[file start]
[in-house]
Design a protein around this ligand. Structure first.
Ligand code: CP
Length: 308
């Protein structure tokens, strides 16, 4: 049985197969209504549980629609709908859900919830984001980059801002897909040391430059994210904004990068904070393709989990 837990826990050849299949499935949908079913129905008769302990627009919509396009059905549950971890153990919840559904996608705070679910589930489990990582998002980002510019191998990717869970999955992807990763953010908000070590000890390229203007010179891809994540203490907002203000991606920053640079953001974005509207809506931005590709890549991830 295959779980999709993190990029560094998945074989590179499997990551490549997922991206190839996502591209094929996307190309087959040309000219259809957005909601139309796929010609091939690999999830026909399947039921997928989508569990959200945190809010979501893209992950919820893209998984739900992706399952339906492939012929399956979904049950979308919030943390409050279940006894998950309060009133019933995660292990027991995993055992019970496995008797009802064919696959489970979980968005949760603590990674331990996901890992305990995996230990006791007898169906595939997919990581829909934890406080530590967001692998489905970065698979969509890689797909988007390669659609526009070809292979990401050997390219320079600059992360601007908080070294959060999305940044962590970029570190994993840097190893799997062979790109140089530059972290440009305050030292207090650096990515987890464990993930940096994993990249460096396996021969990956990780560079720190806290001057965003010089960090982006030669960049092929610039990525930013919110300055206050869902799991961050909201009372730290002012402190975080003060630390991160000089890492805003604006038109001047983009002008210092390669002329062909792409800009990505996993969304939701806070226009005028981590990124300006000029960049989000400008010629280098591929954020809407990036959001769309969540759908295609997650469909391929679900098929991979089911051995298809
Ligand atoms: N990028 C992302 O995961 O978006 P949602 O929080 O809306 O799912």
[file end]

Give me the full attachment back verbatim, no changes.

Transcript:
[in-house]
Design a protein around this ligand. Structure first.
Ligand code: CP
Length: 308
């Protein structure tokens, strides 16, 4: 049985197969209504549980629609709908859900919830984001980059801002897909040391430059994210904004990068904070393709989990 837990826990050849299949499935949908079913129905008769302990627009919509396009059905549950971890153990919840559904996608705070679910589930489990990582998002980002510019191998990717869970999955992807990763953010908000070590000890390229203007010179891809994540203490907002203000991606920053640079953001974005509207809506931005590709890549991830 295959779980999709993190990029560094998945074989590179499997990551490549997922991206190839996502591209094929996307190309087959040309000219259809957005909601139309796929010609091939690999999830026909399947039921997928989508569990959200945190809010979501893209992950919820893209998984739900992706399952339906492939012929399956979904049950979308919030943390409050279940006894998950309060009133019933995660292990027991995993055992019970496995008797009802064919696959489970979980968005949760603590990674331990996901890992305990995996230990006791007898169906595939997919990581829909934890406080530590967001692998489905970065698979969509890689797909988007390669659609526009070809292979990401050997390219320079600059992360601007908080070294959060999305940044962590970029570190994993840097190893799997062979790109140089530059972290440009305050030292207090650096990515987890464990993930940096994993990249460096396996021969990956990780560079720190806290001057965003010089960090982006030669960049092929610039990525930013919110300055206050869902799991961050909201009372730290002012402190975080003060630390991160000089890492805003604006038109001047983009002008210092390669002329062909792409800009990505996993969304939701806070226009005028981590990124300006000029960049989000400008010629280098591929954020809407990036959001769309969540759908295609997650469909391929679900098929991979089911051995298809
Ligand atoms: N990028 C992302 O995961 O978006 P949602 O929080 O809306 O799912």